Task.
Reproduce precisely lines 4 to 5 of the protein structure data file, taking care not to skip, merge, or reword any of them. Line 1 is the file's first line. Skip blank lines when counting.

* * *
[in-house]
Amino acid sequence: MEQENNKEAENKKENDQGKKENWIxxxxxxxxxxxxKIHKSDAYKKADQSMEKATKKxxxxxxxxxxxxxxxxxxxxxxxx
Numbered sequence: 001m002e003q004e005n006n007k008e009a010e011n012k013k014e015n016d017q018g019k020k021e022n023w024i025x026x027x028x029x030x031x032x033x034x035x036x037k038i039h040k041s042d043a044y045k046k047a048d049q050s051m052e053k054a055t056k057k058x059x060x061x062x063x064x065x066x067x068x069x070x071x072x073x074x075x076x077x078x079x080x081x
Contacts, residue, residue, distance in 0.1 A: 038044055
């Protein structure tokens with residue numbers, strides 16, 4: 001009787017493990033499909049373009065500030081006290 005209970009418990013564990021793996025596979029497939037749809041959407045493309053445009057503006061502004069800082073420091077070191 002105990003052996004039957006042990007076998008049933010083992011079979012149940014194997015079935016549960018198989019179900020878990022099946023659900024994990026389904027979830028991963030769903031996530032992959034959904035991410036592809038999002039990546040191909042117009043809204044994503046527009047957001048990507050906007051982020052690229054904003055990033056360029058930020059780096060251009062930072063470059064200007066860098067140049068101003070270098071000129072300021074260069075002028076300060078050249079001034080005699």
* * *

Contacts, residue, residue, distance in 0.1 A: 038044055
């Protein structure tokens with residue numbers, strides 16, 4: 001009787017493990033499909049373009065500030081006290 005209970009418990013564990021793996025596979029497939037749809041959407045493309053445009057503006061502004069800082073420091077070191 002105990003052996004039957006042990007076998008049933010083992011079979012149940014194997015079935016549960018198989019179900020878990022099946023659900024994990026389904027979830028991963030769903031996530032992959034959904035991410036592809038999002039990546040191909042117009043809204044994503046527009047957001048990507050906007051982020052690229054904003055990033056360029058930020059780096060251009062930072063470059064200007066860098067140049068101003070270098071000129072300021074260069075002028076300060078050249079001034080005699």